Book. Code 2.0. Lawrence Lessig. Basic Books, 2006
URL = http://codev2.cc/
First revision wiki at http://codebook.jot.com/WikiHome
New revision wiki at http://www.socialtext.net/codev2/index.cgi?code_2_0
"Since its original publication 1999, this foundational book has become a classic in its field. This second edition, Code Version 2.0, updates the work and was prepared in part through a wiki, a web site allowing readers to edit the text, making this the first reader-revision of a popular book.
Code counters the common belief that cyberspace cannot be controlled or censored. To the contrary, under the influence of commerce, cyberspace is becoming a highly regulable world where behaviour will be much more tightly controlled than in real space.
We can -- we must -- choose what kind of cyberspace we want and what freedoms it will guarantee. These choices are all about architecture: what kind of code will govern cyberspace, and who will control it.
In this realm, code is th emost significant form of law an dit is up to lawyers, policymakers, an despecially average citizens to decide what values that code embodies.
Lawrence Lessig is the C Wendell and Edith M Carlsmith Professor of Law at Stanford Law School and founder of the school's Centre for the Internet and Society. After clerking for Judge Richard Posner on the Seventh Circuit Court of Appeals and for Justice Antonin Scalia on the US Supreme Court, he taught at The University of Chicago, Yale Law Schol, and Harvard Law School before moving to Stanford. His other books are Free Culture and The Future of Ideas. In 2002 he was named one of Scientific American's Top 50 Visionaries. He lives in San Francisco, California."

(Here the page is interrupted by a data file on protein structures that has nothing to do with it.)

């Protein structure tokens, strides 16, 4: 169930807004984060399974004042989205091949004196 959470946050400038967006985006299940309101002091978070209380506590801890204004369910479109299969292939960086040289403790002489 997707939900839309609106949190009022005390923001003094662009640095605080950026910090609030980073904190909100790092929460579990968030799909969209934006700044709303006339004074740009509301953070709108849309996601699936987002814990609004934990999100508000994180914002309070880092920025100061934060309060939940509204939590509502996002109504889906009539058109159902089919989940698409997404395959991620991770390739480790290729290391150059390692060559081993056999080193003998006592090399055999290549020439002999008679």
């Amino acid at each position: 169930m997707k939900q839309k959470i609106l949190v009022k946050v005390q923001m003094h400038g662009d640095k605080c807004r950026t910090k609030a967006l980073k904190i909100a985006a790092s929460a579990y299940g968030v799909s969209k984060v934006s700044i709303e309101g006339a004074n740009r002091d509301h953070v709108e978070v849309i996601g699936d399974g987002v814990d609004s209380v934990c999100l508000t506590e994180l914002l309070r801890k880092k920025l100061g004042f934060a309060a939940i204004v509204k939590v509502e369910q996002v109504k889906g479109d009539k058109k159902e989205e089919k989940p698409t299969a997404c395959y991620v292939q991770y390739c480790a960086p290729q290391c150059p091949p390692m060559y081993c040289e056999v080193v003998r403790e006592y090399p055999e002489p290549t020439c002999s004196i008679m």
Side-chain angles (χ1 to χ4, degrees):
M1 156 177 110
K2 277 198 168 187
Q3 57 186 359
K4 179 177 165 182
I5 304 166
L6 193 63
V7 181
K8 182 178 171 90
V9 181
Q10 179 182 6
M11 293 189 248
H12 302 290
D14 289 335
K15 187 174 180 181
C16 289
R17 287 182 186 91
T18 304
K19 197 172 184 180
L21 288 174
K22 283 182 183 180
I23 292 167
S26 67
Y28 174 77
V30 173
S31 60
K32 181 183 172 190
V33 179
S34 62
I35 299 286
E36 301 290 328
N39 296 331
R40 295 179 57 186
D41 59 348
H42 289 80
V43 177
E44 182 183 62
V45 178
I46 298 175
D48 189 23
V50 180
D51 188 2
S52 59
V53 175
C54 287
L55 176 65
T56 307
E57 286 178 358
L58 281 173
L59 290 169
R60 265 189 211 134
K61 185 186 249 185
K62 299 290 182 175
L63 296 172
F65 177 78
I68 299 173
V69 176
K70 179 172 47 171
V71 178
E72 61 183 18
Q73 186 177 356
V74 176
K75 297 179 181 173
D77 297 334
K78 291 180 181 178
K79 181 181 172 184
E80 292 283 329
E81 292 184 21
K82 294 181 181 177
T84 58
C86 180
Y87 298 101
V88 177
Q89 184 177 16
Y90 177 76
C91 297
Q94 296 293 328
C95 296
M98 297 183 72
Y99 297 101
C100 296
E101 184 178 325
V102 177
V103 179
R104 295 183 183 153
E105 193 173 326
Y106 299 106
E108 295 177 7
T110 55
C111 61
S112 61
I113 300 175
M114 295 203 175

Table of Contents
- Preface to the Second Edition
- Preface to the First Edition
Chapter 1: Code is Law
Chapter 2: Four Puzzles from Cyberspace
PART 1: "REGULABILITY"
Chapter 3: Is-Ism: Is the Way It is the Way it Must be?
Chapter 4: Architectures of Control
Chapter 5: Regulating Code
PART II: REGULATION BY CODE
Chapter 6: Cyberspaces
Chapter 7: What Things Regulate
Chapter 8: The Limits in Open Code
PART III: LATENT AMBIGUITIES
Chapter 9: Translation
Chapter 10: Intellectual Property
Chapter 11: Privacy
Chapter 12: Free Speech
Chapter 13: Interlude
PART IV: COMPETING SOVEREIGNS
Chapter 14: Sovereignty
Chapter 15: Competition Among Sovereigns
Chapter 16: The Problems We Face
Chapter 17: Responses
Chapter 18: What Declan Doesn't Get
Appendix, notes and index.